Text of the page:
Marinas fed by rivers are another risk area and, in salt water environments, it is well known that harbour muds are highly contaminated by sulphides produced by these creatures.

 

Sulphide films are, by their very nature, highly corrosive and the identification of such very obvious. It is usually found under muddy and slimy surfaces, sometimes even behind paint coatings and a very careful visual inspection is necessary to locate it. It is not discoverable by non-destructive testing such as ultrasonic thickness measurement, eddy current testing or the magnetic method familiar to most marine surveyors.

The bacteria are often found inside oxidised welds or in areas which contain physical defects such as porosity, overlap or lack of penetration.

The microbes leading to this condition can both cause corrosion from beneath existing coatings or seek out pinpricks in the steel coating and cause the reaction to occur from the outside. MIC bacteria can be present under previous blackings and is not eradicated by simple pressure washing. Unless correctly treated, MIC can continue to thrive beneath the coating, emerging as major pitting.

 

MICROBIAL CORROSION TYPES 1. GALLIONELLA FERRUGINEA

Characteristically leaves a fairly shallow pit of approximately oval shape and a ‘rusticle’ made of ferrous and ferric hydroxide. This is a brown non-toxic insoluble powder with black streaks. It is not rust though a marine surveyor has described it in one of his reports by the curiously contradictory name of ‘living rust’. The name ‘rusticle’ was given to the detritus by Dr. Ballard when he found extensive amounts of the stuff on the wreck of the Titanic. It is commonly found on narrow boats and other canal barges in the form of an orange bloom or paste-like phenomenon, often in rings around deeper pits formed by the thiobascillus ferrooxidans corrosion (see (2) below. Being easily washed off, the orange corrosion is frequently considered to have been eradicated. Not so.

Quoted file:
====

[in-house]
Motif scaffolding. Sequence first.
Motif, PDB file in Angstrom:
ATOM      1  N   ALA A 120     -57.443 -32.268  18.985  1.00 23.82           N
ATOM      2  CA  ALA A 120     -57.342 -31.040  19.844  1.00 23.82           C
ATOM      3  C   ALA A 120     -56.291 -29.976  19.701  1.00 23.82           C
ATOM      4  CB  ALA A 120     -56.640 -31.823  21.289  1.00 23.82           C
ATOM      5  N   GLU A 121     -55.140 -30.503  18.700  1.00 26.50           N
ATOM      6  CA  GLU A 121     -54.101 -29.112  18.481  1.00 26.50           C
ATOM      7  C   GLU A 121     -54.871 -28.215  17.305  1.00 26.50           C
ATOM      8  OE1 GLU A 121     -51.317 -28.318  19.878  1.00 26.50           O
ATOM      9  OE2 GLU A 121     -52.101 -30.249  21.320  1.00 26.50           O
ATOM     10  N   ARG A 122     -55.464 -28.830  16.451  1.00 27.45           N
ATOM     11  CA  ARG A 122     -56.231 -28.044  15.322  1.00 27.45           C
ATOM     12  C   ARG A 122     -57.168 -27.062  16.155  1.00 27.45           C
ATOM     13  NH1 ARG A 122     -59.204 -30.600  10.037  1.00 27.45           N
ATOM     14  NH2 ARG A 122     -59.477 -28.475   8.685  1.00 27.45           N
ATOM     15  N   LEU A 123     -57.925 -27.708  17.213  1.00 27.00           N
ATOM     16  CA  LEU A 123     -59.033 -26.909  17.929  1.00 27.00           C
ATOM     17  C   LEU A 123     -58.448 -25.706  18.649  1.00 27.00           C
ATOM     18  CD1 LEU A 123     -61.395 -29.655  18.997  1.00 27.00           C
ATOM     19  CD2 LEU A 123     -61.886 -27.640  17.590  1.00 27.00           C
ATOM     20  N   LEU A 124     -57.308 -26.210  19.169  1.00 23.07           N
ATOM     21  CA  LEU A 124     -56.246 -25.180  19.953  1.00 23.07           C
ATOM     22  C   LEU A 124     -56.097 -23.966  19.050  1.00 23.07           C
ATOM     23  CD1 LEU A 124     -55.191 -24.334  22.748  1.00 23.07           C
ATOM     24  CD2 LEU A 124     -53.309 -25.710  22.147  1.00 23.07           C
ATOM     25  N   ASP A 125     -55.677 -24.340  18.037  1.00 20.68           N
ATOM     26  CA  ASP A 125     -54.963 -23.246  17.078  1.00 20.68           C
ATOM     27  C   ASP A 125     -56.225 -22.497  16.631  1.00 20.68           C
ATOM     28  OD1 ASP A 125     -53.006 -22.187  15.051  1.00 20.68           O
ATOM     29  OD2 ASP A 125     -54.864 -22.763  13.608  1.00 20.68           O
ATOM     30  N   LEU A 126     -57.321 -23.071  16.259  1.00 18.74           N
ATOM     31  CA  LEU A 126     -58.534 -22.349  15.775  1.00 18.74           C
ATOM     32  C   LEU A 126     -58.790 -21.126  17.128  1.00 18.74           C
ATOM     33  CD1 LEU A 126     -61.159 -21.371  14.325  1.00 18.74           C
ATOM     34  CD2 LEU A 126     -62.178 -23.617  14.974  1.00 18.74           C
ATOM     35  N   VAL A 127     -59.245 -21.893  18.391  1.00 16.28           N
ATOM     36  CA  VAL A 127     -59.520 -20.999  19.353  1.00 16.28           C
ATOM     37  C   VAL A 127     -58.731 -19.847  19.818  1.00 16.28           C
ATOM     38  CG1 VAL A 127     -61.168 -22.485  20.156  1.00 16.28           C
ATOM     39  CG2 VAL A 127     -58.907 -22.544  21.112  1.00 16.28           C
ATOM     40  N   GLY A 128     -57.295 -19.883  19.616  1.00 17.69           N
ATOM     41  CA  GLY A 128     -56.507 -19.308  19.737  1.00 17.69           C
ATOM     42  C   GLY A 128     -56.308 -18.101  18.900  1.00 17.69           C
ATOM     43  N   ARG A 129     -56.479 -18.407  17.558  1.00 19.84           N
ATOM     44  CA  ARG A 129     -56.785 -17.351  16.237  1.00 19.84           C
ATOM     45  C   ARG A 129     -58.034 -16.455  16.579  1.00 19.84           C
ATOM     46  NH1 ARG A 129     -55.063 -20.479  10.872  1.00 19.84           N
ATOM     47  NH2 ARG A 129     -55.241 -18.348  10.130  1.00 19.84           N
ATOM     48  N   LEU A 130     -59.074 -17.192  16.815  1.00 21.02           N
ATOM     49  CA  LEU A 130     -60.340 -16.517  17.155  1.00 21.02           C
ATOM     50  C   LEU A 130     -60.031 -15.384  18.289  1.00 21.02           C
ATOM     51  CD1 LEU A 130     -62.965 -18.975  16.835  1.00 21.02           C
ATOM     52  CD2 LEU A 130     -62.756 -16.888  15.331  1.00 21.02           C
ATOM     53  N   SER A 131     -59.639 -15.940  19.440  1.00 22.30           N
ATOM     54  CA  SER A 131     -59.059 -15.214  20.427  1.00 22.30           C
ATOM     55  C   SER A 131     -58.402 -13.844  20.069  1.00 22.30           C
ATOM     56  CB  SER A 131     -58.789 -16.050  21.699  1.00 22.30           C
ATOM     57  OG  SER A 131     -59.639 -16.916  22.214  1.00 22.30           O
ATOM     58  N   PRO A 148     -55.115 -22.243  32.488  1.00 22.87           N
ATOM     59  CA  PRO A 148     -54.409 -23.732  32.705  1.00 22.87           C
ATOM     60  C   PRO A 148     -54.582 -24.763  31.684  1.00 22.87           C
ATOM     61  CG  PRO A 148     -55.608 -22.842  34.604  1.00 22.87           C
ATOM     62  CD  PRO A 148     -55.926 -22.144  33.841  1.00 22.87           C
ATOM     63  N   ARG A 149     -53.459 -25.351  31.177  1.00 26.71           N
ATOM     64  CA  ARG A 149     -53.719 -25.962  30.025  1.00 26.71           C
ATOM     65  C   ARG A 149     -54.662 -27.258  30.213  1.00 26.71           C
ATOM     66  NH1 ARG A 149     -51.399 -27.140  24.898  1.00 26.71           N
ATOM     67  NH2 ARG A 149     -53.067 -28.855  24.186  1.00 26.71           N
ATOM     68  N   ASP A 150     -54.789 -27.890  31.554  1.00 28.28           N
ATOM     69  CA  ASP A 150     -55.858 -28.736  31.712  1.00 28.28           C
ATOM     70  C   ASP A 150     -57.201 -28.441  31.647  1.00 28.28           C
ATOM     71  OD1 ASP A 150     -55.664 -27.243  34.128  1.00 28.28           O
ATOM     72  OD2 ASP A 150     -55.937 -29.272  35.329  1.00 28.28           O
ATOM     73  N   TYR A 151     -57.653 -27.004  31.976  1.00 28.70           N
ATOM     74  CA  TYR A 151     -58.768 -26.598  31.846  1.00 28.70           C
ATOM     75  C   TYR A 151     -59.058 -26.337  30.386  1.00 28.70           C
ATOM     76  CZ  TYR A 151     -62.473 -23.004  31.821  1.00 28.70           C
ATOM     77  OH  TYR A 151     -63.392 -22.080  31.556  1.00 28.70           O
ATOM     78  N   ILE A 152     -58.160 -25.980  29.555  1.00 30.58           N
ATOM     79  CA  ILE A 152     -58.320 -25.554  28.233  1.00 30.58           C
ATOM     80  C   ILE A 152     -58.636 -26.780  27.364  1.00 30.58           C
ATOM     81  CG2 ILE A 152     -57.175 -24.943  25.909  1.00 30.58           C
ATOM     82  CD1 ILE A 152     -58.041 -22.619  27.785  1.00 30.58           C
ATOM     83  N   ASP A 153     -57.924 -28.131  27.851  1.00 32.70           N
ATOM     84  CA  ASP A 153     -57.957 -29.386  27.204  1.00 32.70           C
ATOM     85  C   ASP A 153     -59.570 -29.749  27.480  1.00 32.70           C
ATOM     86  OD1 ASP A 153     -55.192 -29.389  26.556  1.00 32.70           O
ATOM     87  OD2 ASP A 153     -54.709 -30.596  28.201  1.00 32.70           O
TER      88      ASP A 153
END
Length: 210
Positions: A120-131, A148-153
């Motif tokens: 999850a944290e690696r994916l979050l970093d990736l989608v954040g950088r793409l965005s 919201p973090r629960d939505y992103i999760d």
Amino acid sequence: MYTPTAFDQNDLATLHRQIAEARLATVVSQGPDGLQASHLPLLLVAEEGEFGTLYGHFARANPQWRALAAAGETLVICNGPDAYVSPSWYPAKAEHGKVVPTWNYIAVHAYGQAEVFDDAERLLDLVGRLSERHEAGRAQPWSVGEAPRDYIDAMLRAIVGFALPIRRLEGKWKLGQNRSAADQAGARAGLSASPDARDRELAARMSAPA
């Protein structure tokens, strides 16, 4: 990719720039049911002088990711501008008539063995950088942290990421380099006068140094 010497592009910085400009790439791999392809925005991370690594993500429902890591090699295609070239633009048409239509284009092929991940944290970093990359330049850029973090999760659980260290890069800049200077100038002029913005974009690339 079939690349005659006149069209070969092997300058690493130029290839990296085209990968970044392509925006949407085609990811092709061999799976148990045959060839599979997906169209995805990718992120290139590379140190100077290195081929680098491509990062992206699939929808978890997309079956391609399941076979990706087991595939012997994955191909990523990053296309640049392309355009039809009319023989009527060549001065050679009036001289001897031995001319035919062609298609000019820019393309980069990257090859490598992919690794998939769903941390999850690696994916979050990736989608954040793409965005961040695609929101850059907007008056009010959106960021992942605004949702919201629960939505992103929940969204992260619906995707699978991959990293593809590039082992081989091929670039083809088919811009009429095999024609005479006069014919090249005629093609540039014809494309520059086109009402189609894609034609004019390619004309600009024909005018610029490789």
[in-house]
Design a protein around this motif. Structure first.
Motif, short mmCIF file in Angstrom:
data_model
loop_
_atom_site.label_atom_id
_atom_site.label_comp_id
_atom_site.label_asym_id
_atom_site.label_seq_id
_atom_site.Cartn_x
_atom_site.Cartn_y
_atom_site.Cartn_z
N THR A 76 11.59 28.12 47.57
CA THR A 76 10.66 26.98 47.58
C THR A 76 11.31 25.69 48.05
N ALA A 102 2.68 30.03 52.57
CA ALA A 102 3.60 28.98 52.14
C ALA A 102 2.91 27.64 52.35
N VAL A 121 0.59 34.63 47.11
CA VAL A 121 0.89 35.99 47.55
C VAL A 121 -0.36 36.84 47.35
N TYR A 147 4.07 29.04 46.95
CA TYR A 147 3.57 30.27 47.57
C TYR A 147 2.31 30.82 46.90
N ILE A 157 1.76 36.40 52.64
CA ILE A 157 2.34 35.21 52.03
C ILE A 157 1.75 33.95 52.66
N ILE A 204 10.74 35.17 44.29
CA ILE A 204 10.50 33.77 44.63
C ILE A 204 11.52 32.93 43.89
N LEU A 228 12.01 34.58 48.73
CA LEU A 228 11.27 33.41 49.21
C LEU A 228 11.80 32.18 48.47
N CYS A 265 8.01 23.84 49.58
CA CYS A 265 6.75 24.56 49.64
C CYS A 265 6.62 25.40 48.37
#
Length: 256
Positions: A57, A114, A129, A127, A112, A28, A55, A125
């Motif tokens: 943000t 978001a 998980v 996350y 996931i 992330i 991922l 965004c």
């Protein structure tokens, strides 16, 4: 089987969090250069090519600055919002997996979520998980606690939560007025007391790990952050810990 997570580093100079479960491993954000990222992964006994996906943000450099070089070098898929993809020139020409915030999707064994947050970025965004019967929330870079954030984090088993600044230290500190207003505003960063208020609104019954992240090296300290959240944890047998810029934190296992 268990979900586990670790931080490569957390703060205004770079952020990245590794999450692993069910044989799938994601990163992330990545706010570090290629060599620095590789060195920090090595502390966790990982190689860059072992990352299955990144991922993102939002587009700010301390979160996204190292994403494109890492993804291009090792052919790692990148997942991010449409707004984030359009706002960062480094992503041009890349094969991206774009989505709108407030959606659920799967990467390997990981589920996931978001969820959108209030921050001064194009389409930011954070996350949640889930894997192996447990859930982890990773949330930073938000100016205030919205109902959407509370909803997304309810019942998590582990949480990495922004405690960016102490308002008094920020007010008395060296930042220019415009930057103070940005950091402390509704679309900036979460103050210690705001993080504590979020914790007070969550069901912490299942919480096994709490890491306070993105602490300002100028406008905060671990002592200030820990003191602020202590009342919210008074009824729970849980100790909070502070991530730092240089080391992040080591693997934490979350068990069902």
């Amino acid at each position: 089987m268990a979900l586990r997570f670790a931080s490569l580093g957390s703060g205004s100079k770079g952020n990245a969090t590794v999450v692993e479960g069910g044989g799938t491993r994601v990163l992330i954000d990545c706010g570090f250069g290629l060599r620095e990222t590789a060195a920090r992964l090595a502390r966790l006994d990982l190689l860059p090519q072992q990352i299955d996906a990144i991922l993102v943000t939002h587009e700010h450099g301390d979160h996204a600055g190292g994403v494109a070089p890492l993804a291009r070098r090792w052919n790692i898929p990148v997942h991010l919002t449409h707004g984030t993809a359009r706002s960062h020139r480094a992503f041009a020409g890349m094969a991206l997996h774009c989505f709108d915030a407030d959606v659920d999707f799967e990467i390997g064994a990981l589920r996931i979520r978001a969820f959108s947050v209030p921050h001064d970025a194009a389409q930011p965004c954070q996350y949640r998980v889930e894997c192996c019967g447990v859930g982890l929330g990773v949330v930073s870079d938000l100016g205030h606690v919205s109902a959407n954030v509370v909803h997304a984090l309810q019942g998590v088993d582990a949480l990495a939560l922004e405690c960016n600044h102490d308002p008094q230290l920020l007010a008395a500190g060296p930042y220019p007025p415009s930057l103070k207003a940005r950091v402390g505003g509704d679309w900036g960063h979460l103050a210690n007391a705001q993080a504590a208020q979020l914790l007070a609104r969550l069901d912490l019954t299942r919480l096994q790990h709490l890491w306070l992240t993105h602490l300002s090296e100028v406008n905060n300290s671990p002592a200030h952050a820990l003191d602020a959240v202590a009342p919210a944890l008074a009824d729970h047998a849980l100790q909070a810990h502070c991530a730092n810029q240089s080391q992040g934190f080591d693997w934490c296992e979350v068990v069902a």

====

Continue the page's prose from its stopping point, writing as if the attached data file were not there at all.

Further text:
Marine Corrosion Solutions (@CorrosionMarine) | Twitter

 

2. THIOBASCILLUS FERRO-OXIDANS Often closely associated with the gallionella species, thiobascillus ferro-oxidans is a sulphur oxidizing bug (SOB). This leaves a similar pit to the gallionella species but with vertical stepped sides and the flat bottom covered with a hard silver-white substance. The latter is tetra hydrated ferrous sulphide and is non-toxic. It appears not to rust but will eventually start to discolour.

 

DEALING WITH A MICROBIAL ATTACK If a hull is found with evidence of microbial attack, it is necessary to deal with it to try to prevent it recurring. A simple solution is for the whole area to be washed with copious amounts of high pressure fresh water. When dry the area affected should be coated with a strong bleaching agent (sodium hypochlorite) diluted 1:4 with water and left for twenty four hours. Afterwards a second high pressure fresh water wash is necessary followed by recoating. This will probably remove around 90% of the microbes but the only real solution is to blast back to bare steel and to treat any inaccessible areas such as tack-welded rubbing strakes as best one can with the bleach solution before applying the next stage of the coating process. The main problem is that the microbes can continue to live beneath the existing paint coatings and once sealed in with a fresh blacking, the lack of oxygen and light is the perfect environment for them to thrive leading to a risk of corrosion from the inside out. No coatings are entirely proof against a microbial attack from the exterior. Minute pinpricks, mechanical damage below the waterline are all opportunities for the microbes to penetrate the steel and commence the process from the outside in..